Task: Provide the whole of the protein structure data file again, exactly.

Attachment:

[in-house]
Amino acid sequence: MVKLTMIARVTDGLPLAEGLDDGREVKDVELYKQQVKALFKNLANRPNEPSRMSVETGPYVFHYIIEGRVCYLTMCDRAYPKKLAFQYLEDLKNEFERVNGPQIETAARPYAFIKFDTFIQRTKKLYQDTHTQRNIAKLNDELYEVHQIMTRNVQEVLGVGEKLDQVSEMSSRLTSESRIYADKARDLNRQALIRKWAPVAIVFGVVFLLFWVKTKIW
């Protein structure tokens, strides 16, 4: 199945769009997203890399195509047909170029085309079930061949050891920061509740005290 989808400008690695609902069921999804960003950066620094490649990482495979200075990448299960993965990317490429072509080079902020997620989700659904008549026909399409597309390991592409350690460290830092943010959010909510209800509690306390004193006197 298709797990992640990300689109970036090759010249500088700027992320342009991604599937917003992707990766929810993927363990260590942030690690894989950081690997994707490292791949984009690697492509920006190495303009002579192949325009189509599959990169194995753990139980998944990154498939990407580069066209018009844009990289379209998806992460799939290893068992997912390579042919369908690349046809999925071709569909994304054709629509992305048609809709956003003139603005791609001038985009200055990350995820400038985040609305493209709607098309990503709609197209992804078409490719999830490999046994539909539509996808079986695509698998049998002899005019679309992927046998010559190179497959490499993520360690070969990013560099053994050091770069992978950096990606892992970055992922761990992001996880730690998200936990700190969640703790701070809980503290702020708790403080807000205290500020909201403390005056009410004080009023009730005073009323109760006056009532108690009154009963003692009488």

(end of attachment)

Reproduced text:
[in-house]
Amino acid sequence: MVKLTMIARVTDGLPLAEGLDDGREVKDVELYKQQVKALFKNLANRPNEPSRMSVETGPYVFHYIIEGRVCYLTMCDRAYPKKLAFQYLEDLKNEFERVNGPQIETAARPYAFIKFDTFIQRTKKLYQDTHTQRNIAKLNDELYEVHQIMTRNVQEVLGVGEKLDQVSEMSSRLTSESRIYADKARDLNRQALIRKWAPVAIVFGVVFLLFWVKTKIW
């Protein structure tokens, strides 16, 4: 199945769009997203890399195509047909170029085309079930061949050891920061509740005290 989808400008690695609902069921999804960003950066620094490649990482495979200075990448299960993965990317490429072509080079902020997620989700659904008549026909399409597309390991592409350690460290830092943010959010909510209800509690306390004193006197 298709797990992640990300689109970036090759010249500088700027992320342009991604599937917003992707990766929810993927363990260590942030690690894989950081690997994707490292791949984009690697492509920006190495303009002579192949325009189509599959990169194995753990139980998944990154498939990407580069066209018009844009990289379209998806992460799939290893068992997912390579042919369908690349046809999925071709569909994304054709629509992305048609809709956003003139603005791609001038985009200055990350995820400038985040609305493209709607098309990503709609197209992804078409490719999830490999046994539909539509996808079986695509698998049998002899005019679309992927046998010559190179497959490499993520360690070969990013560099053994050091770069992978950096990606892992970055992922761990992001996880730690998200936990700190969640703790701070809980503290702020708790403080807000205290500020909201403390005056009410004080009023009730005073009323109760006056009532108690009154009963003692009488």